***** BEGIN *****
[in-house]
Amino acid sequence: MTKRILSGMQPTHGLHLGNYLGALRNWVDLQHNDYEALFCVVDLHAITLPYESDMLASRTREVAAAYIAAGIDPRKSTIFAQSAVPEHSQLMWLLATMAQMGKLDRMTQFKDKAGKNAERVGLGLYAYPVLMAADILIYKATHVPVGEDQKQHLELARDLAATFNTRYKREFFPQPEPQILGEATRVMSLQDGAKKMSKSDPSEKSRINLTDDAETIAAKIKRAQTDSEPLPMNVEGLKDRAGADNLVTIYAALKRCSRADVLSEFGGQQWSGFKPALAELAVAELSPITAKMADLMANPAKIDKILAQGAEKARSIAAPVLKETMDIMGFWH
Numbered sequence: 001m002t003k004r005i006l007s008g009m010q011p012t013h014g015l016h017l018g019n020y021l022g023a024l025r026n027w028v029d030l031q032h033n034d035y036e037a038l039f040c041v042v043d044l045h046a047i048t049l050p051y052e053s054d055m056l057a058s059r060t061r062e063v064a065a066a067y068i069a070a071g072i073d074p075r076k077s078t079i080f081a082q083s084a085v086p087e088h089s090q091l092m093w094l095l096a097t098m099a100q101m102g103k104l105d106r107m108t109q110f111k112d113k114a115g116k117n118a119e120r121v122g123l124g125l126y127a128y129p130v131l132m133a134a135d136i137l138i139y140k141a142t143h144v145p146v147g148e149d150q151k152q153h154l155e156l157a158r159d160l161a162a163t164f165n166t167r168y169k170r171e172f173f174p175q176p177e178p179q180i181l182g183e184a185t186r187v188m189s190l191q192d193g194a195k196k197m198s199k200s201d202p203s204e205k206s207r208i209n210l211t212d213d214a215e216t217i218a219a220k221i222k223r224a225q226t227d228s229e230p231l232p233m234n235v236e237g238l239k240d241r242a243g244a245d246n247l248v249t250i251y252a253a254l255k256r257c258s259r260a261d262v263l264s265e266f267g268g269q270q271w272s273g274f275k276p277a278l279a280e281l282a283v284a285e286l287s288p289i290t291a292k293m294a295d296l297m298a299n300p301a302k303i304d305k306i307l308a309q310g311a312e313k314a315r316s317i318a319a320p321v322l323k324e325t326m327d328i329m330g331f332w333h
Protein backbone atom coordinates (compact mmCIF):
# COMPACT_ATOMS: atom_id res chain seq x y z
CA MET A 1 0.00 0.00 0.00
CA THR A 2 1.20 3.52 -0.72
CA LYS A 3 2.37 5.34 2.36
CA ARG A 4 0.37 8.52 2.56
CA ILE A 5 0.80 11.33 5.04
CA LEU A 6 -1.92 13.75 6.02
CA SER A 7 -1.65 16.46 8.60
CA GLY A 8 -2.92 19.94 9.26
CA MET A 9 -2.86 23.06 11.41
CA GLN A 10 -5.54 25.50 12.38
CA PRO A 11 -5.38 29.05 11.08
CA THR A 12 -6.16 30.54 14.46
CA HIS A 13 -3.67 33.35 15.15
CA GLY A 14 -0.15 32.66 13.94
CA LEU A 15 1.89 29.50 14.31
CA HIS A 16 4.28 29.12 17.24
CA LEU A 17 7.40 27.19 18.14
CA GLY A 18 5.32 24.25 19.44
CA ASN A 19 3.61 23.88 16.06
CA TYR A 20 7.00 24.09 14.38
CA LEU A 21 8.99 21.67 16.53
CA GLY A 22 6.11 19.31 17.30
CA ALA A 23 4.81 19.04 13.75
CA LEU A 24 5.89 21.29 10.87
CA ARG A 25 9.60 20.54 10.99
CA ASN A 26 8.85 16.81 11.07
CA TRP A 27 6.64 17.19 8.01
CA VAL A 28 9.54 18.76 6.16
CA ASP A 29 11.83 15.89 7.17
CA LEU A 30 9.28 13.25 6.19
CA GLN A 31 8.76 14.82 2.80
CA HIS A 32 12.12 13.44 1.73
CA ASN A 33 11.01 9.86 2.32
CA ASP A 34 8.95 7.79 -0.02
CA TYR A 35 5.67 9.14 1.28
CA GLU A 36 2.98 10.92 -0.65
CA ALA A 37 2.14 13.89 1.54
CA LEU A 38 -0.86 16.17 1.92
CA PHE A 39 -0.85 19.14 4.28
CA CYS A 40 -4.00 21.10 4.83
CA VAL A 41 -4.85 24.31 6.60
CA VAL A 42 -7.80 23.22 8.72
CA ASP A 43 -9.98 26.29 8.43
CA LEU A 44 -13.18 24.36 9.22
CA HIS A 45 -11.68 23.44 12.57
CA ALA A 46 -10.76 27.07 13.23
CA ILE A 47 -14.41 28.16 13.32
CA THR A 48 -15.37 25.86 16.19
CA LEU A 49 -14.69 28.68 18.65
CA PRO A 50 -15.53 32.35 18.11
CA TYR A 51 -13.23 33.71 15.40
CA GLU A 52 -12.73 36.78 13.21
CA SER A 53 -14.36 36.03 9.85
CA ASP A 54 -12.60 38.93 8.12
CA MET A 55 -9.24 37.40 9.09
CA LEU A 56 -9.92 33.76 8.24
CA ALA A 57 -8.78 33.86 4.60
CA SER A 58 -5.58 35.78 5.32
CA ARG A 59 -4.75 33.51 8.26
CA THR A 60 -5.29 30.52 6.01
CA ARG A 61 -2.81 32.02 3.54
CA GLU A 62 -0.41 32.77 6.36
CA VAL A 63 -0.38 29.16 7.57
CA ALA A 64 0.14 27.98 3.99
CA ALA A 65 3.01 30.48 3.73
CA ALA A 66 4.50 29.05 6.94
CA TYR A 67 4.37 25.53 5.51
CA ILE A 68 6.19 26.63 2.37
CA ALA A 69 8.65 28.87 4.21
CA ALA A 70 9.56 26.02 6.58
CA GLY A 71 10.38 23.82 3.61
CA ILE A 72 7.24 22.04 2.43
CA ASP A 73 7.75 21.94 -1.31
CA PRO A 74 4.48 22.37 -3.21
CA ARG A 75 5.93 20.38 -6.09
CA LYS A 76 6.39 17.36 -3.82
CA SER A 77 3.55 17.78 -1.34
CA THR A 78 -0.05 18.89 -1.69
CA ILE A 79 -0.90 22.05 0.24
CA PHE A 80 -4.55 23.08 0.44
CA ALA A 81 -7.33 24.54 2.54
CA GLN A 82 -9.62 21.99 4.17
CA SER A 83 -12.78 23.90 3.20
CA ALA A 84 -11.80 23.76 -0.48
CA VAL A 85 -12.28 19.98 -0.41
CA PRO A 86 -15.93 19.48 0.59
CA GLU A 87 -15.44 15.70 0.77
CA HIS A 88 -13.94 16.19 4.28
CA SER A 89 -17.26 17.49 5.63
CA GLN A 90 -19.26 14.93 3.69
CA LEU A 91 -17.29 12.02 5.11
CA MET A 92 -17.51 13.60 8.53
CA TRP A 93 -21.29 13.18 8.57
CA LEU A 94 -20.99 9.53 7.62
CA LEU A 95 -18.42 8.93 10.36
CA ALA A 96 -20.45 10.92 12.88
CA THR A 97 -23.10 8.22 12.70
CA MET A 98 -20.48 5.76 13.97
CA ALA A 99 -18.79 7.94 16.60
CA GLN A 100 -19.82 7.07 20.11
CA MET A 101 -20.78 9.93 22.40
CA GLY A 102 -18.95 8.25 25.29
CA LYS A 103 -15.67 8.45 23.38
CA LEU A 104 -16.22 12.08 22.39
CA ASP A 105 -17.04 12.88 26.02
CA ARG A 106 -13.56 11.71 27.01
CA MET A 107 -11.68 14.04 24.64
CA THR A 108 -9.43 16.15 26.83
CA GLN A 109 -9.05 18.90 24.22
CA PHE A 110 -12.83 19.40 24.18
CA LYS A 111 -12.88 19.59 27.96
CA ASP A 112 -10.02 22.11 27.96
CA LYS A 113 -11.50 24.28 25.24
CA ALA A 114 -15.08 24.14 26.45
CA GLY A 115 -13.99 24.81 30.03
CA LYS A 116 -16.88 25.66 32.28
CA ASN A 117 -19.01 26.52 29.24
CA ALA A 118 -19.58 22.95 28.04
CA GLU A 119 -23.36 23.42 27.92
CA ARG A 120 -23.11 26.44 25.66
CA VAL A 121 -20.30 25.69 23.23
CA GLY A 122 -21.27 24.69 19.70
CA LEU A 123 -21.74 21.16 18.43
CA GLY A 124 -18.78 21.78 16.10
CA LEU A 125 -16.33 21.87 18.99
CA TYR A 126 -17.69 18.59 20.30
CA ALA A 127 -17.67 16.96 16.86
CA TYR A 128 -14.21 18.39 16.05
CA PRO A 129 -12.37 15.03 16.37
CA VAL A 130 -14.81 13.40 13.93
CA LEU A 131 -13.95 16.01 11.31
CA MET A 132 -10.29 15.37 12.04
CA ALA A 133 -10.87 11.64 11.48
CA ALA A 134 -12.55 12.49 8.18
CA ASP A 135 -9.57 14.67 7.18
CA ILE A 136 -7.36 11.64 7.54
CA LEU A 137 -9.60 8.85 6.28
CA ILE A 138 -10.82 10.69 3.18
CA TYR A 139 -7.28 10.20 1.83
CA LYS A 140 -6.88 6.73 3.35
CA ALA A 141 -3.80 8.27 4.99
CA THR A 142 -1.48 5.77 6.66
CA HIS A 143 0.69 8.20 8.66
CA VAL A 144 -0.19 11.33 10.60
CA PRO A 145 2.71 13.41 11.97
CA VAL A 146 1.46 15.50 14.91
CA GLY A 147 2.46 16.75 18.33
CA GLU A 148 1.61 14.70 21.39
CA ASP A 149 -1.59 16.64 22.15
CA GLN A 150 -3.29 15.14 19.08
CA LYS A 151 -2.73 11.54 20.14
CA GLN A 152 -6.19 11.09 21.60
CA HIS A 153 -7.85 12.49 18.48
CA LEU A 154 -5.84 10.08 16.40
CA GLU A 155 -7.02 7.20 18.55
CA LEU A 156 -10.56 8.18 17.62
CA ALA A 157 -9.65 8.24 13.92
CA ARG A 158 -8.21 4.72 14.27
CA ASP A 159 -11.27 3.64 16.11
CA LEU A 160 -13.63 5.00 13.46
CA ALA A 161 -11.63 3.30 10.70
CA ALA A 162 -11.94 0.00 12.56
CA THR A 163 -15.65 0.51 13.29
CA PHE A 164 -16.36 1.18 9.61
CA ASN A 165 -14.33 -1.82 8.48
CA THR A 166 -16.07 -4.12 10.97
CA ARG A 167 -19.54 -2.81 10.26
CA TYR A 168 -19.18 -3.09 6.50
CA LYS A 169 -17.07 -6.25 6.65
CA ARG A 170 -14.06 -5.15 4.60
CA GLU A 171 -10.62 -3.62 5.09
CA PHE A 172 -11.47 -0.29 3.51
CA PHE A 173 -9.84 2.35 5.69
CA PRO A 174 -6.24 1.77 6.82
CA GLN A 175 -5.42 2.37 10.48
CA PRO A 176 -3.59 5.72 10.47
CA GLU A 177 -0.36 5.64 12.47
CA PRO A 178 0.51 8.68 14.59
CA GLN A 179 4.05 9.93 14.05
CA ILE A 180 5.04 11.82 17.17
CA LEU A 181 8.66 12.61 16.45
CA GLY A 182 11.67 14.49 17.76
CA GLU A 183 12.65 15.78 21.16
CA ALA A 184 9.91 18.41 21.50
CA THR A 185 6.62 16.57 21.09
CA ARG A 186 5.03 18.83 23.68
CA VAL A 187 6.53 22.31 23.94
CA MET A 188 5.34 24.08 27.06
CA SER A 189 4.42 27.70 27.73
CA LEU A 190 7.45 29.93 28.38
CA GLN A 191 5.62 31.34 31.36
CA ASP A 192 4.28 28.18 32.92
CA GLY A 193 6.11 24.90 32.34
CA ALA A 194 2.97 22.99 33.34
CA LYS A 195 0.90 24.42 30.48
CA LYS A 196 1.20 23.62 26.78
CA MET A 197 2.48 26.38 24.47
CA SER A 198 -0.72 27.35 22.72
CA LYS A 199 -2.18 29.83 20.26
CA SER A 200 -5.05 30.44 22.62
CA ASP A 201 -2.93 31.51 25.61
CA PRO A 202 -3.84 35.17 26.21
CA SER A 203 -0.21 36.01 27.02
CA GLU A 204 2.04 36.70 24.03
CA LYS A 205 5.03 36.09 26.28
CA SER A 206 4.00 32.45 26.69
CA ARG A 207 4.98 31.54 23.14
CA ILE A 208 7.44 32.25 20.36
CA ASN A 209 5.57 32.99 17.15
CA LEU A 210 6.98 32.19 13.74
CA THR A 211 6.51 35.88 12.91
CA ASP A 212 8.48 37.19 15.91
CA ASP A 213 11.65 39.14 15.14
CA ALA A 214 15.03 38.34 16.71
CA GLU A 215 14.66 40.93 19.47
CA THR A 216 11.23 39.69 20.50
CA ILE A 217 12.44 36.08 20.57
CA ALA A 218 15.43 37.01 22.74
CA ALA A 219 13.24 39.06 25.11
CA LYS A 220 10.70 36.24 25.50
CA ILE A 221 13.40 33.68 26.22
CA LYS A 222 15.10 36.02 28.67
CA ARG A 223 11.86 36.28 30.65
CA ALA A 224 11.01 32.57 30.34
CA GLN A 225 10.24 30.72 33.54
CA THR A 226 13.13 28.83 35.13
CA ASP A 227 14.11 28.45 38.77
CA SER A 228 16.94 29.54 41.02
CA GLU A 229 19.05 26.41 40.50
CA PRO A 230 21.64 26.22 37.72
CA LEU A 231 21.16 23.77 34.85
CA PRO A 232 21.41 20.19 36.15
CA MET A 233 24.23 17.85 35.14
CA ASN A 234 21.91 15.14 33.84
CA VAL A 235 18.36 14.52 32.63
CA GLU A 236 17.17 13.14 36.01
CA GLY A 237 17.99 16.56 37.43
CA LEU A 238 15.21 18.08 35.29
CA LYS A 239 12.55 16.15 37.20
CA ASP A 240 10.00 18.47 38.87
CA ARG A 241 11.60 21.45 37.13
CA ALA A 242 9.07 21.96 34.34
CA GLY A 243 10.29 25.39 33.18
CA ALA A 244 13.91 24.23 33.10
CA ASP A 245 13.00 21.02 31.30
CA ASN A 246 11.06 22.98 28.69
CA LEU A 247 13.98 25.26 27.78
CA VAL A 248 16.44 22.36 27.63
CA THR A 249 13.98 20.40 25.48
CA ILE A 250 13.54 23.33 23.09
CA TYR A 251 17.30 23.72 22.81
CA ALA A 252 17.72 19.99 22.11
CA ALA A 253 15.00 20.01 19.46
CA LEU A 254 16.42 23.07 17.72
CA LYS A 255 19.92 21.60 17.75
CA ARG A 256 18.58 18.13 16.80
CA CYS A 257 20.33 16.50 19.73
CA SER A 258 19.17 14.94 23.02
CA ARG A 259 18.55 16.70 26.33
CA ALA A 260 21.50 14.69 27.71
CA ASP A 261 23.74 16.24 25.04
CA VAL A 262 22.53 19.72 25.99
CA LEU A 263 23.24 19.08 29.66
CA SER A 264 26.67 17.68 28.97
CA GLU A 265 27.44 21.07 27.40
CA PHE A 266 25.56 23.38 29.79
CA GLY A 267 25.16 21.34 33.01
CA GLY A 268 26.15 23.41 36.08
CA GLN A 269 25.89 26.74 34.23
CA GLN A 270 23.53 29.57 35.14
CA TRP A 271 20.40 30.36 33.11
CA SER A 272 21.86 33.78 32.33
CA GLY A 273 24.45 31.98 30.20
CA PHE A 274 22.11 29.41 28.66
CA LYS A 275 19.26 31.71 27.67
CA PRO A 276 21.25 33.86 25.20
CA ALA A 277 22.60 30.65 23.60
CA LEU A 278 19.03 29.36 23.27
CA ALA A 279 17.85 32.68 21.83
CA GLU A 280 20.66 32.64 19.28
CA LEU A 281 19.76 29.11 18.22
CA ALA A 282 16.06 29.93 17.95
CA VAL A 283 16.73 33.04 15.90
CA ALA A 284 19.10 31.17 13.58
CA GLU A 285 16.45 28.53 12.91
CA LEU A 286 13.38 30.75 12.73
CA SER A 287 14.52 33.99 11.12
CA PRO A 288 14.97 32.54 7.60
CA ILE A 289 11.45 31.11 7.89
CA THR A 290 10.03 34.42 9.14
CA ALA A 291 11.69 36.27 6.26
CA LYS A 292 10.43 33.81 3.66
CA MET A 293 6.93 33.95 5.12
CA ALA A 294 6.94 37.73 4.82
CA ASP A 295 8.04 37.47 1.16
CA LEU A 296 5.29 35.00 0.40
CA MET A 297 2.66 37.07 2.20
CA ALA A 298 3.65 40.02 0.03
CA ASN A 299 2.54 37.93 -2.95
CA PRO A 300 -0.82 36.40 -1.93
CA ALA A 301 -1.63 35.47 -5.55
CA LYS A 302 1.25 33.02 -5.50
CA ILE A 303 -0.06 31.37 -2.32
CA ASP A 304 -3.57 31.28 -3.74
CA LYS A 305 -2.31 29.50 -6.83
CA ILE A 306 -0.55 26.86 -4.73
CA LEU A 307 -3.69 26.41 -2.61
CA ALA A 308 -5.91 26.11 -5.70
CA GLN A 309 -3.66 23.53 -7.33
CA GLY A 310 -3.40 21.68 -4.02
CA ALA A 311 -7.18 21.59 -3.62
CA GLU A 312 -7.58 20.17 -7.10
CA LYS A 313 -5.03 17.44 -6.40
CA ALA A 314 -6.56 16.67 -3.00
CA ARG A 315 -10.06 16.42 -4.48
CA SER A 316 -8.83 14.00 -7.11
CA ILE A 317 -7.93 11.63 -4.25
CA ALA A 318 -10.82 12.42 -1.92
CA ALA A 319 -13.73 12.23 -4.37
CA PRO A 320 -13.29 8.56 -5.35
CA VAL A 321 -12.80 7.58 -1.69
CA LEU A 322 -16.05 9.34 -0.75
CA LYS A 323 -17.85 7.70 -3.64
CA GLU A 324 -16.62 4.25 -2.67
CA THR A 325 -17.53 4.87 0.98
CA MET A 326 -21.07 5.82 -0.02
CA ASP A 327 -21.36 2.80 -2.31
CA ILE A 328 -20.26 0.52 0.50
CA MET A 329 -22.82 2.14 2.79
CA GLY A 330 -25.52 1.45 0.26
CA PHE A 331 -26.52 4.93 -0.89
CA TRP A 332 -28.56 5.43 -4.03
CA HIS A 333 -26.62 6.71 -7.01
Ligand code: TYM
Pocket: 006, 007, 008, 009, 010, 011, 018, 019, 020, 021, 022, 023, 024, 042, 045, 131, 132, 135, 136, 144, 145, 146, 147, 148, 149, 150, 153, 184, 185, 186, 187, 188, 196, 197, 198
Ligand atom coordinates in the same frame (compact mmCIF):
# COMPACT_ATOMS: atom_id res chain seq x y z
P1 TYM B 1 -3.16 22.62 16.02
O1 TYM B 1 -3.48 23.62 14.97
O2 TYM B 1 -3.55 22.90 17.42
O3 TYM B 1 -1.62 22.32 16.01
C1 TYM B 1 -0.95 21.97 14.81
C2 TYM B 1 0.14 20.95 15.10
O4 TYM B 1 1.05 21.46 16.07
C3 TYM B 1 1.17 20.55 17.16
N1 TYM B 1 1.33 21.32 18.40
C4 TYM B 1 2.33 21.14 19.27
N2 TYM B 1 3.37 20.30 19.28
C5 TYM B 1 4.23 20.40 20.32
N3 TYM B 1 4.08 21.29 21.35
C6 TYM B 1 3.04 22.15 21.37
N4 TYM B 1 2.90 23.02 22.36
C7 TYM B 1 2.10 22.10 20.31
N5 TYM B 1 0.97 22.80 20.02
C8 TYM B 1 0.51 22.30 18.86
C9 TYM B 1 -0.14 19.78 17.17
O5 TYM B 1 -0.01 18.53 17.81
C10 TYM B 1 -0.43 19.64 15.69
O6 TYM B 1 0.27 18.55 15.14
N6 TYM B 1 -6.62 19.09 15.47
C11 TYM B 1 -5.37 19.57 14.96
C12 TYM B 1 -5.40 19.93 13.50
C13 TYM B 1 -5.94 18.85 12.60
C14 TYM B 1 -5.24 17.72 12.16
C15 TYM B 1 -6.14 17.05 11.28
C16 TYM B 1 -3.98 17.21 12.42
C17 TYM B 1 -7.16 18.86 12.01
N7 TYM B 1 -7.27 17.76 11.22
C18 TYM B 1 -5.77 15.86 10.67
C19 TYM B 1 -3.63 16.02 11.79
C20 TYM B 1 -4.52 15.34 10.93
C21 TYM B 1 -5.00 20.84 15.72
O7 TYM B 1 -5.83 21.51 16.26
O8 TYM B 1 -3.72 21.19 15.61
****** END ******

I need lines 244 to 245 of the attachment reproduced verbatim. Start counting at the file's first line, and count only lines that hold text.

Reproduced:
CA LYS A 239 12.55 16.15 37.20
CA ASP A 240 10.00 18.47 38.87